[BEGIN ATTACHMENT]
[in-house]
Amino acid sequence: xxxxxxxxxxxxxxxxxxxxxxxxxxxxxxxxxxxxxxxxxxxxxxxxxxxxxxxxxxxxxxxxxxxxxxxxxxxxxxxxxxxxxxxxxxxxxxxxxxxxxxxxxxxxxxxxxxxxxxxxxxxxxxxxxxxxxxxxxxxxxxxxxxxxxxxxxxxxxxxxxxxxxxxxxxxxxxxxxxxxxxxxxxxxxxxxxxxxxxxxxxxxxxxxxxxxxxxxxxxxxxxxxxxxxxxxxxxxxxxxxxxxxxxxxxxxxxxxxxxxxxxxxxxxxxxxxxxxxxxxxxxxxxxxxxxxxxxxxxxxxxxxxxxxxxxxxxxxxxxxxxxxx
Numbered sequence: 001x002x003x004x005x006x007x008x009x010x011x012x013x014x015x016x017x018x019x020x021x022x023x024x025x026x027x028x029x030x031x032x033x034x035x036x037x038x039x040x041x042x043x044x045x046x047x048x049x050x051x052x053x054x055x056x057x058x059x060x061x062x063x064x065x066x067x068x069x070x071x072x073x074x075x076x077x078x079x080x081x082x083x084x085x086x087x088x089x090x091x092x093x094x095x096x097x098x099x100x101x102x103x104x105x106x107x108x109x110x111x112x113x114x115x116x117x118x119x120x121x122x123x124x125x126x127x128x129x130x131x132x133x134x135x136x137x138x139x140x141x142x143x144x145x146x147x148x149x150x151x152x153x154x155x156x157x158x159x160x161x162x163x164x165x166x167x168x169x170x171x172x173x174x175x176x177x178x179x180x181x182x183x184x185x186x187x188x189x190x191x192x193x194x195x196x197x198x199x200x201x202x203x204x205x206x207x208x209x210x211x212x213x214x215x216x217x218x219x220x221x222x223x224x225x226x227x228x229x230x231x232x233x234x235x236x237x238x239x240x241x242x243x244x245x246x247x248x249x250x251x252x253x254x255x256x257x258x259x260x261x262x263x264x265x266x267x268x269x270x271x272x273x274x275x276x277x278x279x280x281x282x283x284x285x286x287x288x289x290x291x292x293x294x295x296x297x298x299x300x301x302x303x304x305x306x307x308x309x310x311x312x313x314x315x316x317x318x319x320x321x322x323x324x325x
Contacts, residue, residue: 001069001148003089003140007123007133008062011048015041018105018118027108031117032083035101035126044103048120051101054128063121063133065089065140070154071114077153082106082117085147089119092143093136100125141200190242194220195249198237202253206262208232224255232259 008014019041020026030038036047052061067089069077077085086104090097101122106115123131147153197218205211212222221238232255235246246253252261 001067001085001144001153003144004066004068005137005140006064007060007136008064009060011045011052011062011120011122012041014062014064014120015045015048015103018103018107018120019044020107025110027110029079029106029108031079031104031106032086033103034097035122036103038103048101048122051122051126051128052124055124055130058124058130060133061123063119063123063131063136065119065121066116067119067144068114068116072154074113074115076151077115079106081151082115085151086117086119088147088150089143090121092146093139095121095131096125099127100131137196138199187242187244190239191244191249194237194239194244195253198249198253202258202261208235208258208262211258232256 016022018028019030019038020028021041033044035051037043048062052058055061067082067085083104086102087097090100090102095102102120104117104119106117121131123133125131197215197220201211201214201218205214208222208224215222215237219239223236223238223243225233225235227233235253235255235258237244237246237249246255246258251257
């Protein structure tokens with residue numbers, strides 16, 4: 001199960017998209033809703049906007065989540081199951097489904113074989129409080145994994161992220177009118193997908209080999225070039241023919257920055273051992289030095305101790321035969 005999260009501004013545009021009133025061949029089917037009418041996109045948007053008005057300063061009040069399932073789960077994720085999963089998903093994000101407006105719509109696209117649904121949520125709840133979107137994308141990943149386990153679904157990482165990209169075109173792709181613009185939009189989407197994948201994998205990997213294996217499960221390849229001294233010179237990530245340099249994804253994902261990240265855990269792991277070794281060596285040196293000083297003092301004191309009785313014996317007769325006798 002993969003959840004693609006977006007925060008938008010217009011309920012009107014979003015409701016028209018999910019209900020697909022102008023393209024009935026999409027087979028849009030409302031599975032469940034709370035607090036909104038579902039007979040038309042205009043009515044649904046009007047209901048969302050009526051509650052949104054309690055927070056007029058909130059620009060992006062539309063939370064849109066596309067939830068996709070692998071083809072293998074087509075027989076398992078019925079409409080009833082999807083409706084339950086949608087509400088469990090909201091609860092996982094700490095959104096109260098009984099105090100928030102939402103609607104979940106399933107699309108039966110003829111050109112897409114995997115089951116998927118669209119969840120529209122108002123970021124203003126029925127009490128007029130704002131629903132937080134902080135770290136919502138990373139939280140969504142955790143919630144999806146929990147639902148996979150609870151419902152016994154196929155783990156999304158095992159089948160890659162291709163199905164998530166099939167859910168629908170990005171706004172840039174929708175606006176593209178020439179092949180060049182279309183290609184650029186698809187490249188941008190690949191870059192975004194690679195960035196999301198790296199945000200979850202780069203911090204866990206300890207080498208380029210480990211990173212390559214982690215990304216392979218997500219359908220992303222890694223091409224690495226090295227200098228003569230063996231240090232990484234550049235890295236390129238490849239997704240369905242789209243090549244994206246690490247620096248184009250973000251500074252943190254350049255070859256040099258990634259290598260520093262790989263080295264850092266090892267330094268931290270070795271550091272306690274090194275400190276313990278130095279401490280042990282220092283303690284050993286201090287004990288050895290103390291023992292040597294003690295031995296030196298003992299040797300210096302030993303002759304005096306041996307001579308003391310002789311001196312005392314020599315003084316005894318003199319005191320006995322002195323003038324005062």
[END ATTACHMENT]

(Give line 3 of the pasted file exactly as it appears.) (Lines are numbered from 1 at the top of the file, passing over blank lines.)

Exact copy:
Numbered sequence: 001x002x003x004x005x006x007x008x009x010x011x012x013x014x015x016x017x018x019x020x021x022x023x024x025x026x027x028x029x030x031x032x033x034x035x036x037x038x039x040x041x042x043x044x045x046x047x048x049x050x051x052x053x054x055x056x057x058x059x060x061x062x063x064x065x066x067x068x069x070x071x072x073x074x075x076x077x078x079x080x081x082x083x084x085x086x087x088x089x090x091x092x093x094x095x096x097x098x099x100x101x102x103x104x105x106x107x108x109x110x111x112x113x114x115x116x117x118x119x120x121x122x123x124x125x126x127x128x129x130x131x132x133x134x135x136x137x138x139x140x141x142x143x144x145x146x147x148x149x150x151x152x153x154x155x156x157x158x159x160x161x162x163x164x165x166x167x168x169x170x171x172x173x174x175x176x177x178x179x180x181x182x183x184x185x186x187x188x189x190x191x192x193x194x195x196x197x198x199x200x201x202x203x204x205x206x207x208x209x210x211x212x213x214x215x216x217x218x219x220x221x222x223x224x225x226x227x228x229x230x231x232x233x234x235x236x237x238x239x240x241x242x243x244x245x246x247x248x249x250x251x252x253x254x255x256x257x258x259x260x261x262x263x264x265x266x267x268x269x270x271x272x273x274x275x276x277x278x279x280x281x282x283x284x285x286x287x288x289x290x291x292x293x294x295x296x297x298x299x300x301x302x303x304x305x306x307x308x309x310x311x312x313x314x315x316x317x318x319x320x321x322x323x324x325x